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National Children’s Dental Health Month: Dental Health Act News

National Children’s Dental Health Month: Dental Health Act News


New law will help increase treatment and prevention of the most common childhood disease.

Signed into law on December 11, 2018, the Action for Dental Health Act H.R. (2422/S. 3016) aims to improve oral health and access to oral healthcare for our nation’s most vulnerable populations, including children who are underserved, underinsured, living in rural areas, and those with intellectual and/or developmental disabilities.1 The Action represents a milestone for the American Dental Association in its campaign to end the dental health crisis. Cavities are the single most common childhood disease.2 According to recent Centers for Disease Control and Prevention data, nearly 20% of children ages 5 to 19 have had at least one untreated cavity.3 Dental caries is a chronic, infectious, transmissible, yet preventable disease.

Federal grants will be available to state health departments and oral health programs, dental education programs, and dental associations for activities relating to oral health education and dental disease prevention. The Action will also expand the ADA’s Give Kids a Smile program for children without access to dental care. Nearly 350,000 children currently participate in the program. This month, thousands of dedicated dental providers and educators are promoting the benefits of good oral health to children and their caregivers during National Children’s Dental Health Month, held annually by the ADA.


Major Provisions

Though the Affordable Care Act increased dental benefit coverage for patients of all ages, it hasn’t necessarily led to increased use of dental benefits or fully addressed the inequities of access to dental services. Oral health literacy is essential to improving access.

Specific targets of the Action include:

  • Improving oral health education and dental disease prevention for patients of all ages
  • Reducing the use of emergency departments for dental care
  • Helping patients establish dental homes
  • Reducing barriers, including language barriers and cultural barriers, to receiving care
  • Facilitating dental care to nursing home residents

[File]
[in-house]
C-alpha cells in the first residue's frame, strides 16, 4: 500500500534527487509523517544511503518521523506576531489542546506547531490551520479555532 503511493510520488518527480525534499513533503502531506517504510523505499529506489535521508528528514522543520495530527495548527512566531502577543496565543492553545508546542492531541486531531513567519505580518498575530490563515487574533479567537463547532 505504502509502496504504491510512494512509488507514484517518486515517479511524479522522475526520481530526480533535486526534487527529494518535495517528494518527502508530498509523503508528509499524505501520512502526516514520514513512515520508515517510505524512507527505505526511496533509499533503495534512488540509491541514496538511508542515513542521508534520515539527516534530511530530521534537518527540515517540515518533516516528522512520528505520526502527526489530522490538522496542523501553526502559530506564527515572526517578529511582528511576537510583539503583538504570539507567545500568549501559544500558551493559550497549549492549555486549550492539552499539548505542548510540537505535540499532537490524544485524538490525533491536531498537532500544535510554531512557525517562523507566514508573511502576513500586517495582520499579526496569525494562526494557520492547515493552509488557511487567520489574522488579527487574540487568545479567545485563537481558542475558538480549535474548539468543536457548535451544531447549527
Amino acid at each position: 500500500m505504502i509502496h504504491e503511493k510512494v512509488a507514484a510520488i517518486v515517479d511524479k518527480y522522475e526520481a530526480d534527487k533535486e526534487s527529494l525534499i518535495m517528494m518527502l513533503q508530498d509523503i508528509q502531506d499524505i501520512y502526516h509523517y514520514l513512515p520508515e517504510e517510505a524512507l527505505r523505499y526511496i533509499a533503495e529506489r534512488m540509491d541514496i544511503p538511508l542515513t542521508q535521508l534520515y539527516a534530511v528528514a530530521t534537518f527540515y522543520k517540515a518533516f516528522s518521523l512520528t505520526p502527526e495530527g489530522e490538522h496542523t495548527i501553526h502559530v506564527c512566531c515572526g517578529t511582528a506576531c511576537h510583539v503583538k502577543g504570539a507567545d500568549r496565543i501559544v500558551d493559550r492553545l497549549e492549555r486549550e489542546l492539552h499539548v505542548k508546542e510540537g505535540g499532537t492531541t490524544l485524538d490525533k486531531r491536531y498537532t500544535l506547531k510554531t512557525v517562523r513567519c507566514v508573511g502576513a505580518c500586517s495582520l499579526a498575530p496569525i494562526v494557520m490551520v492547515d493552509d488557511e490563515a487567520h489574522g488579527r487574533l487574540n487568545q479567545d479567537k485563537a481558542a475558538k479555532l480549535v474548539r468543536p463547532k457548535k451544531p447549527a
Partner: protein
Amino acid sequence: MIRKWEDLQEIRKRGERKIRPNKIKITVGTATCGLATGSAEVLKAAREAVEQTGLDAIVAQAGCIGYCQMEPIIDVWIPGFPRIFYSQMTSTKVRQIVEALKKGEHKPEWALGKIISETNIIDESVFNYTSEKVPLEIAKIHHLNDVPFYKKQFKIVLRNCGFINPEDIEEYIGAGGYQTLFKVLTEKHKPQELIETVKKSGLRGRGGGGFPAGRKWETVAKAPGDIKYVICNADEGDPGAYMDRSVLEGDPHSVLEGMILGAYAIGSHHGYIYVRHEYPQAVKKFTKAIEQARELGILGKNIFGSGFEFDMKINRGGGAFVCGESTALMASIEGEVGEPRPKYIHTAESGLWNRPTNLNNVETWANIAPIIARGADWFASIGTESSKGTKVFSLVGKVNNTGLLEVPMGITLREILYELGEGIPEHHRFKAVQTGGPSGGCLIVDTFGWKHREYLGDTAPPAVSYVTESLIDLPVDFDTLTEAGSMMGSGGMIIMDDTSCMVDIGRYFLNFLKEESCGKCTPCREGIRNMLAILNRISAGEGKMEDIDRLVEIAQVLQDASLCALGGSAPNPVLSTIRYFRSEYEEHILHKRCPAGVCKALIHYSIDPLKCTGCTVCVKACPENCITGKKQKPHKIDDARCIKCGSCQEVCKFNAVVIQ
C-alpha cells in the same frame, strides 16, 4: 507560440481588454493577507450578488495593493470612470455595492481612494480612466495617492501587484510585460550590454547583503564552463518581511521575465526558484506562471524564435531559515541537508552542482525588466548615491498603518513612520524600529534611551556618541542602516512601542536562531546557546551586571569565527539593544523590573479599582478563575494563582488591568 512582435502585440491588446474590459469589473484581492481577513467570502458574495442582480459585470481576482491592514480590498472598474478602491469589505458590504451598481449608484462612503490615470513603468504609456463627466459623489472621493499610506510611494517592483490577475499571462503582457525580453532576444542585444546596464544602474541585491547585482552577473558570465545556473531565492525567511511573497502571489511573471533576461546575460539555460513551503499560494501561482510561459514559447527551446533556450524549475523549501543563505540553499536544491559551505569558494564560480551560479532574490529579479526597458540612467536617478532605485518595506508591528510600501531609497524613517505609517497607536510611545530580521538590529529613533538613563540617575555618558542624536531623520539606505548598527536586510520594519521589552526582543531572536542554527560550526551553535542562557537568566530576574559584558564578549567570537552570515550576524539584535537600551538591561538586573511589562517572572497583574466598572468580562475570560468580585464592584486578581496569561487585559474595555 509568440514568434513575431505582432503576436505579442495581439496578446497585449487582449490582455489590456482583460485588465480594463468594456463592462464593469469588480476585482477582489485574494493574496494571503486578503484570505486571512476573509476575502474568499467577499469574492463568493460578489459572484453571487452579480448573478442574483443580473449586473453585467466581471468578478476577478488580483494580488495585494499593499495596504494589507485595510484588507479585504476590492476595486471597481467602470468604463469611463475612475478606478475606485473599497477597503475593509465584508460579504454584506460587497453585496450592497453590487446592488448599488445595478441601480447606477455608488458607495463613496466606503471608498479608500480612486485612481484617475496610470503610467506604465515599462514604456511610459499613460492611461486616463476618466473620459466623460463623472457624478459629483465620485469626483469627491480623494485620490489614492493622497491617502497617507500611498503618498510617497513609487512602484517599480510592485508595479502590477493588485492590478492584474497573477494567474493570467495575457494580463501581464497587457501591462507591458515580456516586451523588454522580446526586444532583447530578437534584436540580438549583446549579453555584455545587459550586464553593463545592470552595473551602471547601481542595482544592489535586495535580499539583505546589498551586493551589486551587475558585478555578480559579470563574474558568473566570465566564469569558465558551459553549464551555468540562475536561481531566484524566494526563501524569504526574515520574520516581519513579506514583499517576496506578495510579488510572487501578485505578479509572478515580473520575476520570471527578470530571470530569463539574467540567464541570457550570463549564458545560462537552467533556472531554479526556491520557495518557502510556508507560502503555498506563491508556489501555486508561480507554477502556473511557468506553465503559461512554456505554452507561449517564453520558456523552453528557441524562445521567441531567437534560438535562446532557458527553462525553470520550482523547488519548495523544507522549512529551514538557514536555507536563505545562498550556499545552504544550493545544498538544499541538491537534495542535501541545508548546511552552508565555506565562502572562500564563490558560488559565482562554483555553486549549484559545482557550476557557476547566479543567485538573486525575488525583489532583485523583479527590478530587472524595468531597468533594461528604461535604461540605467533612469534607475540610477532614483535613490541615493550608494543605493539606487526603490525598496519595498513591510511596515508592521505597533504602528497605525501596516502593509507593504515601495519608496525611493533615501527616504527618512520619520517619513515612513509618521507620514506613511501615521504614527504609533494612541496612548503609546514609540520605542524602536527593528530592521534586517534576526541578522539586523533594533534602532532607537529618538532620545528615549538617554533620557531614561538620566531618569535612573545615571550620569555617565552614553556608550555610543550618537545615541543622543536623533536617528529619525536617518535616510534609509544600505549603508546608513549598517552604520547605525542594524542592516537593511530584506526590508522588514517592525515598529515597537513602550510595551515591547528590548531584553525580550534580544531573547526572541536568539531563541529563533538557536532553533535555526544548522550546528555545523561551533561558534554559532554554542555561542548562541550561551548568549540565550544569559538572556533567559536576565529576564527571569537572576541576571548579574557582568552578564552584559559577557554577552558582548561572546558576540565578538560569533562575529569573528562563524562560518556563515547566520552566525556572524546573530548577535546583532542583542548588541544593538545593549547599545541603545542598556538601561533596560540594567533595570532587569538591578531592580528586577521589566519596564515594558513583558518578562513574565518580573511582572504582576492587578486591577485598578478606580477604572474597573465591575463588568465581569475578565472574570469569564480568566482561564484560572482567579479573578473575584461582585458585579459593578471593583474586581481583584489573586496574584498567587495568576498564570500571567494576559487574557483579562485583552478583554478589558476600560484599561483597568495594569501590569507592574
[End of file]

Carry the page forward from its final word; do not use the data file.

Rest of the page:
Created as an amendment to the Public Health Service Act (PHSA), the Action encourages collaboration between the private and public sectors of dentistry – a vital strategy for improving oral health for all.

Preparing for Higher Utilization and a Positive Patient Experience

National, state and local campaigns to promote access are likely to lead to higher utilization of dental benefit programs. With technology-enabled dental solutions, government agencies position themselves to:

  • Manage increased utilization – dental benefit platforms automate claims processing, reduce costs, and provide greater program oversight and control.
  • Create a positive patient experience – advanced platforms offer web portals for patient education and self-service, and innovative use of mobile devices for diagnostics, coordination of care and appointment reminders, and educational messaging.
  • Reduce potential for fraud and abuse – integrated data analytics can detect patterns of inappropriate care to help reduce the potential for fraud, waste and abuse in pediatric and adult dental care. Marcel Tetzlaff, SKYGEN VP of Dental Benefits Management, shares more about the use of analytics to recognize good providers and remediate the bad in his blog post, “Analytics: Key to Managing Medicaid Dental Benefits In Uncertain Times.”

For children, poor oral health correlates with an increase in days missed from school and lower school performance.4 The Action for Dental Health Act is a national step forward in advancing oral health care education and access for patients of all ages.

Learn more about ways technology-enabled solutions can enhance Medicaid dental, medical and vision program administration and make more dollars available for quality care by downloading SKYGEN’s latest eBook, What Keeps Medicaid Dental Executives Up At Night?


  1. American Dental Association, ADA News, December 11, 2018.
  2. Healthy Smiles website:
  3. CDC, Health, United States 2017, Table 60.
  4. American Journal of Public Health. 2011 October; 101(10): 1900–1906.

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